About the album
While post-modern artistic practices were gradually referring to an insoluble neo-modernism or were satisfying themselves with a cut-and-paste approach, some isolated creators have been devising, often without loudly advertising their purposes, something which can be called, for lack of a better word, "post-post-modernism". In Portugal, the composer, orchestra director, pianist and electronica manipulator Marco Barroso is one such creator. His objective might be that theorized by Lyotard: to build new systems or, in the language of architecture, new buildings from the ruins of previous constructions. However, if such an ambition was sometimes misunderstood during a period when everybody was still following post-modernism (since at the time some of those post-modern monuments had not yet collapsed) the approach now is quite different. The music that Barroso creates for the Lisbon Underground Music Ensemble (LUME) is speculative in the sense that, instead of being assertive, it raises questions and possibilities. If post-modernism has become a dogma, LUME’s post-post-modernism is a permanent "what if?", keeping all options open.
One of those buildings or systems (it is actually a subsystem) which were not and still have not been abandoned more than 20 years after the emergence of the post-modern is that inhabited by the big bands of jazz. No matter how many times it has been announced that orchestralism has disappeared from jazz, in the midst of an economic crisis that should make it hard for large groups to operate, big bands are still appearing on the music scene and maintaining all of their historical references. The examples of Maria Schneider and the Orquestra Jazz de Matosinhos, at an international and national level, respectively, are sufficient for us to understand the scope of this evidence. Well, Marco Barroso deals with the formalisms and the heritage of a big band. He does not use these elements as rubble from an act of demolition but as the raw material of a modernist reality which is still alive, a reality that was built over the course of a century by Duke Ellington, Billy Strayhorn, Fletcher Henderson, Glenn Miller, Benny Goodman, Count Basie, Dizzy Gillespie, Gil Evans, Charles Mingus, Carla Bley, Thad Jones, Mel Lewis, Lew Tabackin, Toshiko Akiyoshi, Sun Ra, Alexander von Schlippenbach, and Anthony Braxton.
Although references to all the elements of the big band during the aesthetic and technical evolution of jazz are present in this much-awaited album by LUME, the recording’s links to tradition must not be overstated. If the orchestra plays the sounds of stylistic heritage (Turn Around and Free Style Boogie are good examples of this), it does so by dramatizing the original language. Marco Barroso’s post-post-modernist jazz is a representation of modernist jazz: just as Magritte’s pipe is not a pipe but a representational drawing of this object ("ceci n'est pas une pipe"), the different types of jazz that appear on the CD (dixieland, swing, be-bop, funk-jazz, free jazz, etc.) are "fake" versions of the adopted models. The electronica work developed in the pieces functions as a framing device, highlighting the fact that we are watching a “movie” composed of flashbacks: each computer-generated sound wrapper which is added to the ensemble is filtering the present, each transition between different tracks using the noise of a turntable needle on a vinyl record gains a symbolic value and locates us within the frame of memory.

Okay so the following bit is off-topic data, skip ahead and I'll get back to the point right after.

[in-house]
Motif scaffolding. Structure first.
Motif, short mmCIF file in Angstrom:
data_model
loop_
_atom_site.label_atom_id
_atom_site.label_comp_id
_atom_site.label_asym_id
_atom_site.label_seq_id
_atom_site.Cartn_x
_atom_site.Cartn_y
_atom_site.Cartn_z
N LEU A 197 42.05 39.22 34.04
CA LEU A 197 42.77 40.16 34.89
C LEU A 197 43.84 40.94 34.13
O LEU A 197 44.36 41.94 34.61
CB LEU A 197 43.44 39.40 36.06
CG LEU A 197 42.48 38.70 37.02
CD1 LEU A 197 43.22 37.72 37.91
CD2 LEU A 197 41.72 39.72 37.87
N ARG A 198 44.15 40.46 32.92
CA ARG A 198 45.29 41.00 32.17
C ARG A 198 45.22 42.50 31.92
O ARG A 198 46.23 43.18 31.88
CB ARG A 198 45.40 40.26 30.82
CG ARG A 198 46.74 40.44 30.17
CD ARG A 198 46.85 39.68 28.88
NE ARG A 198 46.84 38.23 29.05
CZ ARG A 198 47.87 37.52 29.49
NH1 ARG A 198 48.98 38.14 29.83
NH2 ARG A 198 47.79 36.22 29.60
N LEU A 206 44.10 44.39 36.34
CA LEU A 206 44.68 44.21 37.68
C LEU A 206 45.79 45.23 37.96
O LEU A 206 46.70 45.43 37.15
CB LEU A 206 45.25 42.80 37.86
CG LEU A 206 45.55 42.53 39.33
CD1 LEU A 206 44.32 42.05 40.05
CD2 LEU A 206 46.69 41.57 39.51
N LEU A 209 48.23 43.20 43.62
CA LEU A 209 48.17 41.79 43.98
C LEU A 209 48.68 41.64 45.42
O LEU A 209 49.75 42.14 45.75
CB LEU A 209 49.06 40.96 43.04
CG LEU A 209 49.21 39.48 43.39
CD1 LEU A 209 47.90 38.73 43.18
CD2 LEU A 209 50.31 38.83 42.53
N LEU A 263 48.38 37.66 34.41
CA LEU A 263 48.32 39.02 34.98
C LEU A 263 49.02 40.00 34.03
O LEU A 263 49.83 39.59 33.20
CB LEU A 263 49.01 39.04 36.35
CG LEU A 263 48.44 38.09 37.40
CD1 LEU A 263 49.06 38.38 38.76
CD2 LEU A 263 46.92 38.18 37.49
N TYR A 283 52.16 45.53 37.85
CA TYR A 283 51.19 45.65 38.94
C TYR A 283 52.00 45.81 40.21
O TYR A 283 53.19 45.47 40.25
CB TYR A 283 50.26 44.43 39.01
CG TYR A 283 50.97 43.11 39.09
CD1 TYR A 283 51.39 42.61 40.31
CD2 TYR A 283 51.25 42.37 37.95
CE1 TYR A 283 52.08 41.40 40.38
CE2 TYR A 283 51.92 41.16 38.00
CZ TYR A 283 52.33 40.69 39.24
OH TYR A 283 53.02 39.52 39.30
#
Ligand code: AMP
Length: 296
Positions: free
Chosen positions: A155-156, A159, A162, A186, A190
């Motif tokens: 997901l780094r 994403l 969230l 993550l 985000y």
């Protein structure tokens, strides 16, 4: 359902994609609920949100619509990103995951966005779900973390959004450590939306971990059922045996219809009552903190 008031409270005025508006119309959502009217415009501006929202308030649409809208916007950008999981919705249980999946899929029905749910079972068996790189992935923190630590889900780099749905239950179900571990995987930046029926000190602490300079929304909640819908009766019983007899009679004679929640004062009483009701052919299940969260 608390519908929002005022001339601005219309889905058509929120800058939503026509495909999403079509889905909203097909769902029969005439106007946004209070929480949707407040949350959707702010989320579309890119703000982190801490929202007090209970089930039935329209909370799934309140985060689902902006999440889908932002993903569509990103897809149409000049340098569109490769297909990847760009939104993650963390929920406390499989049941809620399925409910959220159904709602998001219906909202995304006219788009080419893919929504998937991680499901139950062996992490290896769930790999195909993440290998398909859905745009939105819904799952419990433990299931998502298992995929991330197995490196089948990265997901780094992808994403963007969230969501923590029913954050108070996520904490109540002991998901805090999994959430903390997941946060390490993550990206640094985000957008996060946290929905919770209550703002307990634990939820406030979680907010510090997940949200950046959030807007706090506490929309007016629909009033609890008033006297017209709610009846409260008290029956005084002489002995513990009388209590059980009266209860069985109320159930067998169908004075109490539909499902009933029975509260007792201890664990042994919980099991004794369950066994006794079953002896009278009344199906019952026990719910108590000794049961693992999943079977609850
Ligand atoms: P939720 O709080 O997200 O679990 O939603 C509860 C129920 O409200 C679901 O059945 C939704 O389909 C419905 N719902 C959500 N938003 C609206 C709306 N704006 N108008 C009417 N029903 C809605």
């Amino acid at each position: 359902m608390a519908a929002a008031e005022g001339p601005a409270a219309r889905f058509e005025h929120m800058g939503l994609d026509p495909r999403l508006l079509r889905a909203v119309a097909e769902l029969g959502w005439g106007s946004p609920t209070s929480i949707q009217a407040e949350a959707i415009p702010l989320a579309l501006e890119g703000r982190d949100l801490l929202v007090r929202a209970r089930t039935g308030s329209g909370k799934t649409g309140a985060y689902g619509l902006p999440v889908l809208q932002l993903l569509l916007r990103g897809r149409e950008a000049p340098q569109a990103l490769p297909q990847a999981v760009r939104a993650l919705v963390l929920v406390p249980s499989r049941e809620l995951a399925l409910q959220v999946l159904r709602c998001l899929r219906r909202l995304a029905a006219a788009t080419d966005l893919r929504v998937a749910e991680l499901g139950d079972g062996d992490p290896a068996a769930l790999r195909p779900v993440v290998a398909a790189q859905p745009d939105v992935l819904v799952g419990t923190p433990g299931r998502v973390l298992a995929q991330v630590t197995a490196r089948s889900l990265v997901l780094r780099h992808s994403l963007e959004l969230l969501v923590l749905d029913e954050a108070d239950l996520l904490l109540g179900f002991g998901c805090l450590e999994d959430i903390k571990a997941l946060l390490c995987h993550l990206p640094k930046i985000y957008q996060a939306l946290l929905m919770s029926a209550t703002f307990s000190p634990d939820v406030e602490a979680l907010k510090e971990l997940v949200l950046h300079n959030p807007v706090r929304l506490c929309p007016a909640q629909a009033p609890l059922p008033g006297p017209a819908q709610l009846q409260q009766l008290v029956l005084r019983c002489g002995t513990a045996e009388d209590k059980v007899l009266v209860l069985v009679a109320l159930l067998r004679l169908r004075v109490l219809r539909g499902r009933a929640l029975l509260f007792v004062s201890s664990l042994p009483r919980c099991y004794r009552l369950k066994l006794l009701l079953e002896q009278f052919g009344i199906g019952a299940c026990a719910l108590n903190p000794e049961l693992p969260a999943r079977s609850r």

The strived-for cinematic effect is deepened by a frugal use of samples, lines mainly taken from recordings of live concerts. On the track Ignição the successive samples came from the world of pop-rock, specifically from bands like the Pixies, Grandmaster Flash, Morphine, Devo, Big Black, Mike Patton, and Frankie Goes to Hollywood. Those unfamiliar with this area of music will not recognize the sources, but everyone else will immediately recognize Frank Black’s voice. Marco Barroso’s sampling even includes the seventh art: on Curves on the Points to Find, a pun evoking a piece by contemporary composer Luciano Berio, we hear the breathing of the astronaut who appears in one of the most intense scenes in Stanley Kubrick’s 2001: A Space Odyssey, and on Festa we are reminded of a passage from the first episode of the TV series Space: 1999 in which the Moon is knocked out of orbit by an explosion. Such procedures not only create mental images but also shift the signs of the big band into a different musical dimension and even undertake a transference to references outside music.
While Barroso’s writing for wind instruments (six woodwind, six brass) is often Zappesque (mainly evoking the Zappa of Lumpy Gravy), the electronic work is inspired by The Residents: these are not your standard big band jazz models but they do invoke concepts used by LUME. The music documented in this work is "groovy" and abstract. It uses "drones" and complex counterpoints. It feeds on blues, enters into the realm of erudite music, and acts in layers, of which the remarkable solos (by Eduardo Lála, Elmano Coelho, Jorge Reis, José Menezes, João Moreira, Paulo Gaspar and Luís Cunha) are only the top layer. It plays with paradoxes, and above all, reinvents the postulates in question. In other words, this is the music of our "post-contemporaneity", the term that best defines this period that deals with everything that has already been musically created, drawing from it new consequences and demonstrating that the future is built with the past. An outstanding undertaking, unique in Portugal, which will surely not go unnoticed worldwide.
Rui Eduardo Paes
(music critic, essayist)